A couple years ago now, I got a tattoo on my chest. I don’t really know why I got it. I felt like getting a tattoo, and the meaning struck me. It was a quote by the Buddha on conquering oneself, and to me it represented a philosophy that was both deep, had personal significance, and was a little bit badass.
My father introduced me to Buddhism and eastern thought when I was a kid. I used to get into a lot of trouble and he was struggling to teach me how to me to cope with my emotions, and how to conquer fear and anger. So for me the tattoo was a little bit in tribute to his memory.
It wasn’t long after getting the tattoo that I began to have second thoughts. For a while, I was terrified that the tattoo artist had written “then” instead of “than” on one of the lines. I remember a few weeks after getting the tattoo, a petite blonde perched atop me, reading my chest between the nipple and shoulder blade.
“So, are you proud of it?”
“I guess I have to be, it’s a part of me now”
“It kind of sounds like a fortune cookie”
That hurt. It did sound like a fortune cookie.
“Fortune cookies sound like the Buddha, not the other way around”
“I bet you regret getting that tattoo” she said. I shrugged my shoulders and slapped her ass extra hard for her insolence.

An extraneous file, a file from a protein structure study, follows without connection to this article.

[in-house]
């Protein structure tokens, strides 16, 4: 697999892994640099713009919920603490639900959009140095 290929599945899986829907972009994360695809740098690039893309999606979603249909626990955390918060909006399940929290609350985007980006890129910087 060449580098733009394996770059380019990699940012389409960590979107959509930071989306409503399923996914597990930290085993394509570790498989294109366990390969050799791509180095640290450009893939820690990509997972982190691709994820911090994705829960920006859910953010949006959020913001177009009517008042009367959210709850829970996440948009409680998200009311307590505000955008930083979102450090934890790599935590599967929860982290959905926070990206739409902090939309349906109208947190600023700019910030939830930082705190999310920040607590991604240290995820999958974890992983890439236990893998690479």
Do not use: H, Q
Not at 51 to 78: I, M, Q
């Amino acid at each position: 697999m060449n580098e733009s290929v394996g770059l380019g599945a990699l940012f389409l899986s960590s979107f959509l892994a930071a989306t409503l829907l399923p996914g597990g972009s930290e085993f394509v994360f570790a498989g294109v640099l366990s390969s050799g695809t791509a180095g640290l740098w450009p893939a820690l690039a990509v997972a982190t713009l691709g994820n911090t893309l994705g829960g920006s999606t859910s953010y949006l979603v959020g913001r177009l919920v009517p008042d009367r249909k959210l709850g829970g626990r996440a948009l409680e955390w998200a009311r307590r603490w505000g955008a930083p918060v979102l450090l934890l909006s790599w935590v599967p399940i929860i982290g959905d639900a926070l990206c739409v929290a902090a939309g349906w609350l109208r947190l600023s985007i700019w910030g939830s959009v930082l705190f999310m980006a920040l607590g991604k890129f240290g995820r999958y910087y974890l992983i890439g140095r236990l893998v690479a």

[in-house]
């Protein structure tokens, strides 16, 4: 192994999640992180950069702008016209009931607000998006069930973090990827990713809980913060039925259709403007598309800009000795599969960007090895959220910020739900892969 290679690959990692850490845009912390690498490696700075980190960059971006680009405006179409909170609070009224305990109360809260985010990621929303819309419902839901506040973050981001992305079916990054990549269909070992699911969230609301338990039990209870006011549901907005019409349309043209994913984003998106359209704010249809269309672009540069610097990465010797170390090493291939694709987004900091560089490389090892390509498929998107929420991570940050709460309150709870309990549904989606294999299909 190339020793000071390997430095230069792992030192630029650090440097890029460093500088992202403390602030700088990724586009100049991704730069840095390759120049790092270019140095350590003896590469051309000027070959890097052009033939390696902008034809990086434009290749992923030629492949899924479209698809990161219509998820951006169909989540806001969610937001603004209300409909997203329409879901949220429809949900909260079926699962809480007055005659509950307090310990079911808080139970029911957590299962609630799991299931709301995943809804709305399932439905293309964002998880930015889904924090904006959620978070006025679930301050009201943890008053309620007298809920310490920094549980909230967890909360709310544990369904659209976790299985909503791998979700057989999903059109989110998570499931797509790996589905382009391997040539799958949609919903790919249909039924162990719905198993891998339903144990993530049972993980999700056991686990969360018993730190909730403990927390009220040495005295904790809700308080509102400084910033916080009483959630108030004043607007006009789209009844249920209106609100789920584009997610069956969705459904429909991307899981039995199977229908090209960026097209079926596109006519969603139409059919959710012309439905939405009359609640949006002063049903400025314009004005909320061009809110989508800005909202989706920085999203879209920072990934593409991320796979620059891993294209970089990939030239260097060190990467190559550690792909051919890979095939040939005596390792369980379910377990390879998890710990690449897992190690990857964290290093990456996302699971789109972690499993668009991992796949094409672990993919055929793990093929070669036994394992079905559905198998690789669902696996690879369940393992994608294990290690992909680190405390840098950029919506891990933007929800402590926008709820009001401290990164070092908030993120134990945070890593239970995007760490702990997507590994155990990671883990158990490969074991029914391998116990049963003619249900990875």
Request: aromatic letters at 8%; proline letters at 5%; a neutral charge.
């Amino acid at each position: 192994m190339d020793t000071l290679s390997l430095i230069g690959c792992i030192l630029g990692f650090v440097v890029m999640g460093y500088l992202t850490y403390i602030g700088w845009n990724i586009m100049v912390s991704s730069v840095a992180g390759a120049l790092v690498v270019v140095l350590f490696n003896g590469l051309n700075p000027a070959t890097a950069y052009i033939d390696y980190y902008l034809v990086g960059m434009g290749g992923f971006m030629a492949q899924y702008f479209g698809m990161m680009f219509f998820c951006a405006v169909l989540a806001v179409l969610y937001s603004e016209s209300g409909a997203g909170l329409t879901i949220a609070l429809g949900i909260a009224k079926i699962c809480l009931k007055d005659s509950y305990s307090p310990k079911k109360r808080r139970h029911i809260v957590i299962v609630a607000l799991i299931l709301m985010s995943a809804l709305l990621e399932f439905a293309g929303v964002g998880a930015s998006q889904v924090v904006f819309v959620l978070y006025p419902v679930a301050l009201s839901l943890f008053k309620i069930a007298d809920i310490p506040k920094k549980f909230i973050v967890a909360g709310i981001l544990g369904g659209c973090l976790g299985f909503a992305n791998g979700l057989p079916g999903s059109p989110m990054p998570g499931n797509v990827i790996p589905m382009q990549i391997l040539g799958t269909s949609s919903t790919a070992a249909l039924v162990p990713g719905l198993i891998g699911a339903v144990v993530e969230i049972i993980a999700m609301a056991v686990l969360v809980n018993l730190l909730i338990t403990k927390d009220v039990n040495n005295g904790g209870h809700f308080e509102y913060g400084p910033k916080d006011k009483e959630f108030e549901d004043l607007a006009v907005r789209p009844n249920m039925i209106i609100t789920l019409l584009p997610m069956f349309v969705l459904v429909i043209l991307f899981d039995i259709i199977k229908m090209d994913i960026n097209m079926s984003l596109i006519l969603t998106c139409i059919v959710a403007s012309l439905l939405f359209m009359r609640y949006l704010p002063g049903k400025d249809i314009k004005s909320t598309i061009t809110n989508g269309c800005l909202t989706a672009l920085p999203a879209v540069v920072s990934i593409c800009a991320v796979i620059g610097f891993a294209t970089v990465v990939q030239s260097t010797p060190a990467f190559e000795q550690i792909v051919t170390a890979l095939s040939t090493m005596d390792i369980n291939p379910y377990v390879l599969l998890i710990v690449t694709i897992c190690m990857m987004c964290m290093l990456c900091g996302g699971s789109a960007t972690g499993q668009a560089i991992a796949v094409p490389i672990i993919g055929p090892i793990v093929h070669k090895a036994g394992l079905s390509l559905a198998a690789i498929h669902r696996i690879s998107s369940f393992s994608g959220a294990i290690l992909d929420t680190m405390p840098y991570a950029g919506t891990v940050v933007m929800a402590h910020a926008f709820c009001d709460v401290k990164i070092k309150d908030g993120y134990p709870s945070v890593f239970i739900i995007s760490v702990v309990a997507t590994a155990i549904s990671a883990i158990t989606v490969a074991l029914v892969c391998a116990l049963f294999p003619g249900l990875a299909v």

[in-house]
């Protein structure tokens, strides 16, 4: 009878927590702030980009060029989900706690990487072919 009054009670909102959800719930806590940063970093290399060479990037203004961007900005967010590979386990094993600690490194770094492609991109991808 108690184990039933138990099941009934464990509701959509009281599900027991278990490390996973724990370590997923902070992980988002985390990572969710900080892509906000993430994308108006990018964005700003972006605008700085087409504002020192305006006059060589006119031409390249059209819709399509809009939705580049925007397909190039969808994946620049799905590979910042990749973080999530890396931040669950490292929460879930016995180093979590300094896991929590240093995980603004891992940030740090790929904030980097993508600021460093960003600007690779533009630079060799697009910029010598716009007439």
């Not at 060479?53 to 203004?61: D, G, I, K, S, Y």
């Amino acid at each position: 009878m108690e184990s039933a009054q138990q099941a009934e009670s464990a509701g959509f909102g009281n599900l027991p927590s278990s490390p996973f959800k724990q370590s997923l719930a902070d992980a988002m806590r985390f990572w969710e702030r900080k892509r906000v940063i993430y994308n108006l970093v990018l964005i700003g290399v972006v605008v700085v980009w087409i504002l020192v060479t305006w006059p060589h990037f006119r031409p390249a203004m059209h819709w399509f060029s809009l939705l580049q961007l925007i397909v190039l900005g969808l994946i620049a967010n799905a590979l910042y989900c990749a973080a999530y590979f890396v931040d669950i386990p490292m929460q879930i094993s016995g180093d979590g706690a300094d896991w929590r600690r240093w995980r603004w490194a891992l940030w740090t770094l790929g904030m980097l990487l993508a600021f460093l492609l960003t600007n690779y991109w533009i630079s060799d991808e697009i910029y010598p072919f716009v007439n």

She put her head down and went to sleep, but as I laid there I thought about what she said. If I had a chance to do it over, maybe I wouldn’t do it again. But I made a decision to accept it. A tattoo is like a child, even if it’s retarded, you have to love it, because it’s a piece of you. In that way, my tattoo taught me a little bit about self-acceptance.
My father died in 1997, and just this week I was back at my mom’s house. I found the old, yellowed copy of “The Teachings of the Compassionate Buddha” that my father gave to me when I was fifteen. It was full of notes and scribbles that my father had made when he was studying Buddhism back in Japan in the 60’s.
Reading through it again, almost half a life later, I found it, there on page 58, the quote that I had tattooed on my chest just a few years ago. It was underlined carefully in ink, and in my father’s handwriting, in the margin, a little checkmark that he put beside his favorite verses.